2. Environment | Mercedes-Benz Pilots Blockchain Project to Track Emissions throughout Supply Chain: Mercedes-Benz, a division of Daimler, is conducting a pilot project that will use blockchain to track CO2 emissions and secondary material along the complex supply chains of its battery cell manufacturers. The company says the data network will also document whether the sustainability standards of Daimler are passed on throughout the entire supply chain. The company is working with Circulor, a startup specializing in blockchain technology. The project will focus on a single battery cell manufacturer. Mercedes-Benz is working on a fleet of carbon-neutral cars to launch in less than 20 years, which requires detailed knowledge of processes throughout its entire supply chain. [… Read More on Environmental Leader]

  3. India | Indian Govt Policy Thinktank Releases National Blockchain Strategy: A policy think tank of the Indian government, NITI Aayog, has released its national blockchain policy draft paper dubbed “Blockchain — The India Strategy” which explains different use cases of blockchain in India along with some conclusions from ongoing pilot projects. 

    Government should pay special attention to the decentralized network where peer-to-peer transactions can create more socio-economic value. If state entity is there just to ledger maintenance and not adding some value then we can relook the role of government.

    [… Read More on CoinTelegraph]

  4. Fintech | French Payment Giants Ingenico and Worldline Merge: French fintech companies Ingenico and Worldline are set to merge. The €7.8 billion ($8.6 billion) buyout deal was accepted by shareholders of the companies, both of which had previous exposure to crypto. Worldline provides a large variety of services ranging from Point of Sale terminals, online merchant services to e-ticketing and fleet management systems. Ingenico is primarily known for its Point of Sale devices despite major diversification efforts. In November 2019, Ingenico had partnered with Pundi X, a project developing crypto-friendly Point of Sale devices. The crypto project used one of Ingenico’s devices to offer payments in major cryptocurrencies via its software. In August, Ingenico was one of the collaborators in an Austrian initiative to accept cryptocurrencies in several telecom stores. [… Read More on CoinTelegraph]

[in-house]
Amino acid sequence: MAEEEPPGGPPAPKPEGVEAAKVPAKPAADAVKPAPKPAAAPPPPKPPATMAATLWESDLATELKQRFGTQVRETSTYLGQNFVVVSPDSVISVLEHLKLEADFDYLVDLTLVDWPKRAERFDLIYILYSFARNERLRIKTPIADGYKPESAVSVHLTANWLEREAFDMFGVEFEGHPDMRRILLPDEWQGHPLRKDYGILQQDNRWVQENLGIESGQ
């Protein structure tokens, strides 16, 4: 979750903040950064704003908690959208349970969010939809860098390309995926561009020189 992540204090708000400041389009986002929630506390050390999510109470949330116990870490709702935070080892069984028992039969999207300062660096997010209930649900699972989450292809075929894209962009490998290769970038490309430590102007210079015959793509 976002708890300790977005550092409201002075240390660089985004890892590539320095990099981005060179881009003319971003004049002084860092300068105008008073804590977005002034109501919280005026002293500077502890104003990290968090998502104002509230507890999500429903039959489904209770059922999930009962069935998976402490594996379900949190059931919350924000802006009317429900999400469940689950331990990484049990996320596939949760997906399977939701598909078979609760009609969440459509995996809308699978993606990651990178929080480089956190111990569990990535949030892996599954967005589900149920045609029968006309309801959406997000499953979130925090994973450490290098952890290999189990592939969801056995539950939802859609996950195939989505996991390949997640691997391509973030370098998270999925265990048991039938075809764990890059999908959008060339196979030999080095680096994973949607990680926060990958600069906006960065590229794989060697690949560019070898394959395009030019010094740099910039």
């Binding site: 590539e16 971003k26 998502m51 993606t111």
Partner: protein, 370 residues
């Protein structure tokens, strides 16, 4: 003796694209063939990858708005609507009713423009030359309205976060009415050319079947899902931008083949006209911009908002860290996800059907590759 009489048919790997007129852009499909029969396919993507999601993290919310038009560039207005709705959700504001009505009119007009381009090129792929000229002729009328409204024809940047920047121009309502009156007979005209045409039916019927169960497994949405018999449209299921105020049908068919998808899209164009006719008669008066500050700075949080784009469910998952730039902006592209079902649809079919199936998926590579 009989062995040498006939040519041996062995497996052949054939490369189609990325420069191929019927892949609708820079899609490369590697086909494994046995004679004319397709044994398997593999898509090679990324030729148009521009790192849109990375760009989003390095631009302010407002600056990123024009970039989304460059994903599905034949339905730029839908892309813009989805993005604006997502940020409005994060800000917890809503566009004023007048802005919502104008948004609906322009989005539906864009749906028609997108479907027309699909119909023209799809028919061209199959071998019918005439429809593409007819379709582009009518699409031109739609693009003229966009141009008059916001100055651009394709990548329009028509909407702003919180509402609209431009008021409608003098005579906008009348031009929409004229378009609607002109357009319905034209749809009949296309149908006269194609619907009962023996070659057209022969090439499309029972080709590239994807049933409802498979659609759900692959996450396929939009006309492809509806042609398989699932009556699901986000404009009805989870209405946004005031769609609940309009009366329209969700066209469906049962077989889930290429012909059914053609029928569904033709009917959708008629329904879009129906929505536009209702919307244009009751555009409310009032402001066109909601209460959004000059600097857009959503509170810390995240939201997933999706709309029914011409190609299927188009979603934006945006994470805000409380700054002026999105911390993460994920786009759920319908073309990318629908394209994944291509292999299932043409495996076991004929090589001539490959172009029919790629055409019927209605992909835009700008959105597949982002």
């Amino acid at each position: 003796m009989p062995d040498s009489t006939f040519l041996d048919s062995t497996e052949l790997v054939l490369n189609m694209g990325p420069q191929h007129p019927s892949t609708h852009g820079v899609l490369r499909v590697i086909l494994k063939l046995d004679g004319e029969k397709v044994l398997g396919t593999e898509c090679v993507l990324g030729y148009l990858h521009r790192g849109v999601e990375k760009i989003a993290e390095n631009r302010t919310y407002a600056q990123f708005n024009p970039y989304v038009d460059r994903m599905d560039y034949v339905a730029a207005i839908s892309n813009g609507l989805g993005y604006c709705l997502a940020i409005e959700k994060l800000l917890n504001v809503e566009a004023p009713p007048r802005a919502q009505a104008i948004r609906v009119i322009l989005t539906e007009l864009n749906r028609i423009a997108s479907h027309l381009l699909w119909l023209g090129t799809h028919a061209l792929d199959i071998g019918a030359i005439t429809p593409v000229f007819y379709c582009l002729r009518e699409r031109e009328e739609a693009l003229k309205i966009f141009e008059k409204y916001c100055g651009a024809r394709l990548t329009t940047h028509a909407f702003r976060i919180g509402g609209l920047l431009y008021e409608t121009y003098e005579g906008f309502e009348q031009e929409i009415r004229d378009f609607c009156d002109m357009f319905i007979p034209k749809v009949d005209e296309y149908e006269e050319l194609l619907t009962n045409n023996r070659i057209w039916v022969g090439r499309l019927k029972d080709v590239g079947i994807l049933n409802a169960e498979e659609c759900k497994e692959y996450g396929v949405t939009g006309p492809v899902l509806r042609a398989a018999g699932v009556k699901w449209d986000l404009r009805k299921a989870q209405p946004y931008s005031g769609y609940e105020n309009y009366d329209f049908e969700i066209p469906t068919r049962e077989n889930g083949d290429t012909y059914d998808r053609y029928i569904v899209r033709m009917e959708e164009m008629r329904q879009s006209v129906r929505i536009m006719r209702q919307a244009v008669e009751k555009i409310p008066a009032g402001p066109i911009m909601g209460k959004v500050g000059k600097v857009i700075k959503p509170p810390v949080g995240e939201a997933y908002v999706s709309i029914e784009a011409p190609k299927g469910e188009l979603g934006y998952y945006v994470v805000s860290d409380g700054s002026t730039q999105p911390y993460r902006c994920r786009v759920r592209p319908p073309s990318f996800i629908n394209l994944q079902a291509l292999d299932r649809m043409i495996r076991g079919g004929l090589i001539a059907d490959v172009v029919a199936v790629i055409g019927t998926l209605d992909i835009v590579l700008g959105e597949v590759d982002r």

5. Payments | Bitcoin Usage Among Merchants Is Up, According to Data From Coinbase and BitPay: According to BitPay Chief Marketing Officer Bill Zielke, the payment processor facilitated $1 billion worth of cryptocurrency transactions in 2019, with bitcoin leading the pack. Likewise, a Coinbase spokesperson said Coinbase Commerce processed $135 million worth of cryptocurrency payments for thousands of merchants in 2019, which represents a 600 percent increase in the number of unique transactions via Coinbase Commerce since 2018. For broader context, BitPay’s Zielke said Europe and the Middle East are generally home to the most high-value merchant transactions, while there are more North American shoppers in terms of unique transactions. In the meantime, Daumas prefers to simply transfer the bitcoin earnings to a hardware wallet and hodl. [… Read More on Coindesk]

The Final Word | 17 Blockchain Music Companies Reshaping A Troubled Industry

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Did Napster kill the music industry? Depends on who you ask. Some will say yes, while others will argue the revolution of peer-to-peer music sharing platforms was an inevitable byproduct of technology (a.k.a., the times they are a changin').

One thing's for sure — Napster fundamentally changed the music business, created moral and monetization problems of which we’ve not yet seen the end.

Kurt Loder, former MTV News anchor

One technology has the promising potential to ease the industry's woes: blockchain. Artists like Lupe Fiasco, Gramatik and Pitbull have advocated for decentralized technologies in music, and proponents champion blockchain's distributed ledger technology as a way to efficiently release music, streamline royalty payments, eliminate expensive middlemen and establish a point of origin for music creators. Which is to say blockchain can re-establish the way music is produced, bought, sold, listened to and managed in a fair and transparent way. [… Read More on Built In]

About Proteum
Proteum is a global blockchain investment and advisory firm that works with public, private and start-up companies to help them transition into the world of blockchains and decentralized applications. We help companies strategically build their ecosystem and unique capabilities so that they can own and control their future. ProteumX, our accelerator program, invests in and accelerates the time to market for startups and emerging ideas based on blockchain solutions. |  | Twitter: @proteumio | ProteumX